Update on the Lawsuit

I’m writing this noonish on Wednesday, Dec. 2, and it’s possible I won’t get this posted before the Supreme Court decides. As expected, the Trump campaign did file a lawsuit to throw out thousands of contested ballots, and the defendants (Gov. Evers, the Wisconsin Elections Commission, and the two counties) have filed their responses.

Having read through Trump’s petition and Gov. Ever’s response, I’m thinking that whatever the Supreme Court wants to do, they can point to some law or precedent to justify it. Several, actually.

Two things surprised me about the Trump petition: First, they filed in the state Supreme Court when the law clearly says that appeals of recounts need to start in circuit court. Yeah, it’s a dumb law, but so are the laws that they claim the county officials violated. But Evers’ petition hit them on that and if the state Supreme Court wants to throw out the Trump petition, it seems to me they could do it on that alone. (That might make the Legislature do something stupid, though.)

And the fact that Trump’s lawyers went straight to the Supreme Court gives me the sense that their intentions have more to do with publicity than victory.

Second, the Trump petition had four major complaints–the three I mentioned in my earlier blog post, and a fourth that involves only the City of Madison. Before early voting started, the City held an event in September called “Democracy in the Park,” in which they set up tables in more than 200 city parks to register voters and collect absentee ballots. The Trump campaign isn’t complaining that these little park tables registered voters or handed out forms with which voters could request absentee ballots–that part was fine. They argue that helping the voters complete the absentee ballot envelopes and collecting them turned the little tables into de facto polling stations, which violated state law in many ways.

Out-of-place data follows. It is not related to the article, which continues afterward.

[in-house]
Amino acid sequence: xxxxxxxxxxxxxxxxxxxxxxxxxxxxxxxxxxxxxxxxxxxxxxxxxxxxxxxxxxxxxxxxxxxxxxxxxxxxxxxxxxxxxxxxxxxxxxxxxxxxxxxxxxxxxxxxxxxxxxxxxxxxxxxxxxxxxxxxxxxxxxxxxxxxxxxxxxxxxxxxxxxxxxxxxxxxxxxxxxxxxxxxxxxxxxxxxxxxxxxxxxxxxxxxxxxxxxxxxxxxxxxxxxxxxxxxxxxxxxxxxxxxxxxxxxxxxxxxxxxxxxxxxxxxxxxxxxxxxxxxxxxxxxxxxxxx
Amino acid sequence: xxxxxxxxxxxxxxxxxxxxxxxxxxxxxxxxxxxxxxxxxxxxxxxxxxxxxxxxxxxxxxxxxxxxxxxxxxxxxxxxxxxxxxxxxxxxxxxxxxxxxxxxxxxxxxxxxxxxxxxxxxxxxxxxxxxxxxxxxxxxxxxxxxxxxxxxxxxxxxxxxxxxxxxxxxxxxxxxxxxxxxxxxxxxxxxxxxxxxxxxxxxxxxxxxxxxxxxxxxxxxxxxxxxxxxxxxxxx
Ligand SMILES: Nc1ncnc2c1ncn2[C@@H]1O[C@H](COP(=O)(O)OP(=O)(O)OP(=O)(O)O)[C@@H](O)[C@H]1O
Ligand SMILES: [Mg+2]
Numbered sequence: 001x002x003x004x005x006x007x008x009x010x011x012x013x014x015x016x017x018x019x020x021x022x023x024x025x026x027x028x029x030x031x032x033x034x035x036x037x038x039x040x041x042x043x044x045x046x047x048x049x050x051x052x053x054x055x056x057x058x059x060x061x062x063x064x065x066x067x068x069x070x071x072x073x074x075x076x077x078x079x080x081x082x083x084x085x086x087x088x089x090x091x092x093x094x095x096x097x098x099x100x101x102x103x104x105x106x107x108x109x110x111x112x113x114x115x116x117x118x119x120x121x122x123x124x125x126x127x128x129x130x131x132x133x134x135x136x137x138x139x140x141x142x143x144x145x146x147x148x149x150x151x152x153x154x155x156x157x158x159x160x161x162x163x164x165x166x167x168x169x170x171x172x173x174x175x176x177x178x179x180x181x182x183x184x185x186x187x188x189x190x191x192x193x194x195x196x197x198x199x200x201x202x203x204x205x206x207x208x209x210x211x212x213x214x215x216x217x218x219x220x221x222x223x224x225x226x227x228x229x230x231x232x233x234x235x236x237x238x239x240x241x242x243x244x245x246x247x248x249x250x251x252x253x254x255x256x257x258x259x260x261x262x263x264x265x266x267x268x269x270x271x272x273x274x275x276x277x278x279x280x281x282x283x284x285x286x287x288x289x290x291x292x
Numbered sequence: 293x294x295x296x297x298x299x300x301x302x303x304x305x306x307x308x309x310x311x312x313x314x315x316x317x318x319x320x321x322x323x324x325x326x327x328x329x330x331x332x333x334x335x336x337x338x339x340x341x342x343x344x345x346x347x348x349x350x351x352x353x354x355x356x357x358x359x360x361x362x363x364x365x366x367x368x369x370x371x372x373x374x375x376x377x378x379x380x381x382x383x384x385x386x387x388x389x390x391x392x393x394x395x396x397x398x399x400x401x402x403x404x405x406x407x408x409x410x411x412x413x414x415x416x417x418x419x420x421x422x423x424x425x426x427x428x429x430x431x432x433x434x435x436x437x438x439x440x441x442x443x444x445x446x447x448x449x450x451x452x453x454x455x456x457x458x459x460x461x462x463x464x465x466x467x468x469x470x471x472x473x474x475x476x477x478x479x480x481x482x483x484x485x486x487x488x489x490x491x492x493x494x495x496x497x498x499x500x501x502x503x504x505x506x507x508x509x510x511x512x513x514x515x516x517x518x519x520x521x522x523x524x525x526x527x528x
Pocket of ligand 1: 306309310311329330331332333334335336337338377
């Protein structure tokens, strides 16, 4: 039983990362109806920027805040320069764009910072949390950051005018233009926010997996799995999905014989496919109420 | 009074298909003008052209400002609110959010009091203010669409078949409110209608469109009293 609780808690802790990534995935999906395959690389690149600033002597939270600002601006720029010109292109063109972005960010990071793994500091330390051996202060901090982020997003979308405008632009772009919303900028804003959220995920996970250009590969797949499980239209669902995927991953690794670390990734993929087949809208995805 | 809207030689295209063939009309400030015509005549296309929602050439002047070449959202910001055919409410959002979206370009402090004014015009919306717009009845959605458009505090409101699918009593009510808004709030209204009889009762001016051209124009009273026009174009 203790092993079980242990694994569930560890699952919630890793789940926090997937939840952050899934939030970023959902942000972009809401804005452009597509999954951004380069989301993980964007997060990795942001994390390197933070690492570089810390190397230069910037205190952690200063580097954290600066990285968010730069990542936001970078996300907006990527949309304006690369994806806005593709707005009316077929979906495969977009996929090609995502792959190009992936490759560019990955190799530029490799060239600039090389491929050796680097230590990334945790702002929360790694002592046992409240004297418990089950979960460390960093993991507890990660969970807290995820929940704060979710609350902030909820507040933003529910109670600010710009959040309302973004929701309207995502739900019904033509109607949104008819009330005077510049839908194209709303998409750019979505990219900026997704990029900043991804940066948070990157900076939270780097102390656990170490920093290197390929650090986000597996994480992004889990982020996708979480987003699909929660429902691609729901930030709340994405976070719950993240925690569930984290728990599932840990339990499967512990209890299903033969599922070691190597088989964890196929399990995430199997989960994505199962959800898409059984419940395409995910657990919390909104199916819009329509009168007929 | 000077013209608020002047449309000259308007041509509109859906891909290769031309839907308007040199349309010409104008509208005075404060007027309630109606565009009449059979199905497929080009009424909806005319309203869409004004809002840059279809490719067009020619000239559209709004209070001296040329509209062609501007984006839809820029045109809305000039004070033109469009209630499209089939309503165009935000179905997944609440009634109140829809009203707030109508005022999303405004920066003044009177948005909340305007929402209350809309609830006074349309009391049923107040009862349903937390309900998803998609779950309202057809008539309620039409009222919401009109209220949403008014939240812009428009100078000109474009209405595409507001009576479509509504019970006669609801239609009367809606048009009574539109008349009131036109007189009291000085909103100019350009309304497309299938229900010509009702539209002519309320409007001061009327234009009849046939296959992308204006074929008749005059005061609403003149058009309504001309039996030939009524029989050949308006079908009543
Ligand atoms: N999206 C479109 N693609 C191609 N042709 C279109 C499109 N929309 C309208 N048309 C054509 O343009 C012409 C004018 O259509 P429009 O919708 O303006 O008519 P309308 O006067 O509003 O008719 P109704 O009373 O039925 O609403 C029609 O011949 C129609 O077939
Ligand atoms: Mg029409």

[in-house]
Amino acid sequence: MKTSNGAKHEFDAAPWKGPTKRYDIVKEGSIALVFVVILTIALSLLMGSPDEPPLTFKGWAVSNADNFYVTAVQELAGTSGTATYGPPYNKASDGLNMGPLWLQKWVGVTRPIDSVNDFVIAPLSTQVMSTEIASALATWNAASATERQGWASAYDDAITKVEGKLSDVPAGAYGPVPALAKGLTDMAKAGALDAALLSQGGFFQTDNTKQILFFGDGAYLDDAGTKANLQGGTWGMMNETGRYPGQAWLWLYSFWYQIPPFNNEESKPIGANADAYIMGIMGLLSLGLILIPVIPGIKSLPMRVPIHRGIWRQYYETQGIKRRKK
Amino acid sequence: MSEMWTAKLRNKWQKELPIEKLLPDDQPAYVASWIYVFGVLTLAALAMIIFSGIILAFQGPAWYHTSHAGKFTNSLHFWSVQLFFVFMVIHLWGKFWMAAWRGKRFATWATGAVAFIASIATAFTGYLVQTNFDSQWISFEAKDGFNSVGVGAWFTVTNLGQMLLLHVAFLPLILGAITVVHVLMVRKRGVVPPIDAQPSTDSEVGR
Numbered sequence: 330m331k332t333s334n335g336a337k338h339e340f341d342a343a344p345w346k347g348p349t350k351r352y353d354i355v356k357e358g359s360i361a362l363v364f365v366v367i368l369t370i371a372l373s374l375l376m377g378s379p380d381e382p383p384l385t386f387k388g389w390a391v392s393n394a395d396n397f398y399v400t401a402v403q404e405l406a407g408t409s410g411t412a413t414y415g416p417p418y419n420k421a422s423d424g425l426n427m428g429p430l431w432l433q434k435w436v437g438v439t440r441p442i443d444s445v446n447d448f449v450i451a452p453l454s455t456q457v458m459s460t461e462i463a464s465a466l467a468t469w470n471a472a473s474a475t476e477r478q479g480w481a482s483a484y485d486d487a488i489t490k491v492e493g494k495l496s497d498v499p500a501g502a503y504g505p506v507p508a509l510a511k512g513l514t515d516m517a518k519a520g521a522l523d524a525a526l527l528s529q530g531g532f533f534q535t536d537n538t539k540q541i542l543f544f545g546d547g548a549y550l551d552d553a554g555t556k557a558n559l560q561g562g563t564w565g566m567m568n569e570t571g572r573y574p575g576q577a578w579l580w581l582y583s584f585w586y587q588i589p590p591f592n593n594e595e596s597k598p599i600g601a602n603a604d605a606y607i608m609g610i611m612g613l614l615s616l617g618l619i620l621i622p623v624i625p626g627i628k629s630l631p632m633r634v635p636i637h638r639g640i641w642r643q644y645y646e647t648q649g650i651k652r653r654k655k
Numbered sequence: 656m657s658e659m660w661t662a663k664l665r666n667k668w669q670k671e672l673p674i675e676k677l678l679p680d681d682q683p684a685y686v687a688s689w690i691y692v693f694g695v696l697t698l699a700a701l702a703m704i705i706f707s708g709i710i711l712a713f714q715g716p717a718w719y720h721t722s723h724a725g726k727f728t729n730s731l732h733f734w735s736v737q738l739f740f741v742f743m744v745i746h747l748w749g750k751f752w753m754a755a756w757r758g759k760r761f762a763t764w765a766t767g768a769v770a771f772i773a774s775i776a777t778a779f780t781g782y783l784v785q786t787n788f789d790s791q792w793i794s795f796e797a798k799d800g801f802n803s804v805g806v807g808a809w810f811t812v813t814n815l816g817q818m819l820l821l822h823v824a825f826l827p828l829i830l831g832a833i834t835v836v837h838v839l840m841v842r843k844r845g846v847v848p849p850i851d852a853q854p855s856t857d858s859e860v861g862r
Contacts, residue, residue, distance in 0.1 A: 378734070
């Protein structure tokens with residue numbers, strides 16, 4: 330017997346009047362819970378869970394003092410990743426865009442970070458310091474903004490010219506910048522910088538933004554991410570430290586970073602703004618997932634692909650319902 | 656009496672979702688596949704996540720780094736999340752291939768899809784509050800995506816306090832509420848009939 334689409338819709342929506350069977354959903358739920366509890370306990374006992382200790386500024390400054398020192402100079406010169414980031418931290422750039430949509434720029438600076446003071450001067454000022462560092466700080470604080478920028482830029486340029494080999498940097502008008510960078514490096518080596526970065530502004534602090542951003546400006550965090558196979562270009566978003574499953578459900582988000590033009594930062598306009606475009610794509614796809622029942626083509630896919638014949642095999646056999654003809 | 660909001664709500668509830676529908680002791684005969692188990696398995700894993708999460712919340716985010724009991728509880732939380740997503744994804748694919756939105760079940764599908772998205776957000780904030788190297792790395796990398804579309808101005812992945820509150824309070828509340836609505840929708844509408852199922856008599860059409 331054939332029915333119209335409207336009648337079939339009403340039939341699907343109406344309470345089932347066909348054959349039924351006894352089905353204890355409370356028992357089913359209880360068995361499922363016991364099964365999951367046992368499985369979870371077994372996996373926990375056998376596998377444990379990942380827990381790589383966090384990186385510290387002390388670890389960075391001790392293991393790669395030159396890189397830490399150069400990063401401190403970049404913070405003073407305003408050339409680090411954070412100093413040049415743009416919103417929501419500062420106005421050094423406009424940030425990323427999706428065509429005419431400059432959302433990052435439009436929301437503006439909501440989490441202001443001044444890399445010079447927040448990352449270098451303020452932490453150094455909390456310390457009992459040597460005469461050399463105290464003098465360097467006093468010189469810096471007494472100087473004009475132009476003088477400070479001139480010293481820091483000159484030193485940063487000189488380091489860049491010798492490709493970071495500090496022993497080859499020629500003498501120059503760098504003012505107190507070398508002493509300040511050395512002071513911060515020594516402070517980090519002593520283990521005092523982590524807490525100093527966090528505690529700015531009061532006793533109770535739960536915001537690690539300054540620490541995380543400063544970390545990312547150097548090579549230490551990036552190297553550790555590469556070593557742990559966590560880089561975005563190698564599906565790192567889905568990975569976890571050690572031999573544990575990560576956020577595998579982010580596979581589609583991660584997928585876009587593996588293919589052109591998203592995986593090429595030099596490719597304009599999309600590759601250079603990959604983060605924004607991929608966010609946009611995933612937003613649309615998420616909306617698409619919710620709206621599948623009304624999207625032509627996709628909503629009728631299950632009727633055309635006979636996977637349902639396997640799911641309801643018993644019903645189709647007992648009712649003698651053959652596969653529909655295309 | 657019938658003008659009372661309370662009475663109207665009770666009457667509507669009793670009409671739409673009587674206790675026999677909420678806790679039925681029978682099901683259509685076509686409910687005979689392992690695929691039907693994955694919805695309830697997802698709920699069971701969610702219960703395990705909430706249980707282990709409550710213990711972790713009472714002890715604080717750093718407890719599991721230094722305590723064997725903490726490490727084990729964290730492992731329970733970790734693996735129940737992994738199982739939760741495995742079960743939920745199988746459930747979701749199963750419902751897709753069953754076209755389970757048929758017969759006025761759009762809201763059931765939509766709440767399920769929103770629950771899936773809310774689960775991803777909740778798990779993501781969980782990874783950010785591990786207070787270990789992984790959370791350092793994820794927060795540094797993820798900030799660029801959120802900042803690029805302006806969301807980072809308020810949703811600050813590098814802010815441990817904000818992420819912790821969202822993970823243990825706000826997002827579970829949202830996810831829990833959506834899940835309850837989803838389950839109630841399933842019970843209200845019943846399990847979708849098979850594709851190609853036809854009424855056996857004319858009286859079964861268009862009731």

As for the ‘indefinitely confined’ voters, it turns out the number of those ballots that the Trump campaign is contesting wouldn’t be enough to overturn the statewide results anyway. The Trump campaign didn’t object to the ones who had claimed indefinite confinement in the past; to the ones who didn’t vote anyway; and the ones that did submit Voter ID. So in the end, the campaign objected to 28,395 ballots. If only that many ballots are discarded randomly, a large number of Trump’s votes will also be discarded, and it might not change the outcome.

Evers’ response is pretty much as expected, relying heavily on timing issues. One example: Evers points out that the Trump campaign clearly knew about the Democracy in the Park event even before it happened and did not sue then. Now that thousands of ballots were cast, Evers says the Court should not accept their complaint. There’s real law and precedent behind Ever’s claim; it’s not just whining.

The argument in Evers’ response that most surprised me was a good one, though I’d never heard it before. Evers’ lawyers point out that throwing out the contested ballots would violate a 150-year-old federal law, 52 U.S.C. ยง10101(a)(2)(B), which prohibits denying any registered voter the right to vote in an election based on an immaterial error or omission under state law. They write: “President Trump (did) not allege fraud. Rather, they allege a series of purported instances of technical noncompliance with state election law. Under federal law, though, the standard imposed for ballot acceptance must directly relate to determining voter qualification. Any requirement that is not material to that specific function cannot be the basis for denying the right to vote. Disqualifying a ballot for any reason other than those related to determining qualification to vote is impermissible under federal law.

If I was the Supreme Court and wanted to avoid making a decision in this case, that’s the law I’d point to. “I’m not going to tell you whether I want to throw those ballots out, because it doesn’t matter. Federal law says I can’t.”

I’m going to try to sit back now and keep quiet until the dust settles. Regardless of what the Court decides, this whole mess has revealed a lot of flaws in Wisconsin election practices and in state laws–both for running elections and for contesting the results. Read the Evers petition, for example, and assume they are correct about recount law (They are.) See if you can figure out how anyone could ever contest the results of a Wisconsin presidential election. No, Trump didn’t comply with all those laws, but there are Catch-22s all over the place, with timing, with the amount of money you’d need to contest statewide instead of just a few counties, and more. Someday, a more attractive candidate might have more well-founded concerns, and our laws won’t provide that candidate with any better avenue for protesting and getting the errors corrected.

If we are serious about desiring our elections to be run fairly, transparently, and reliably, we will definitely want to clean some stuff up.

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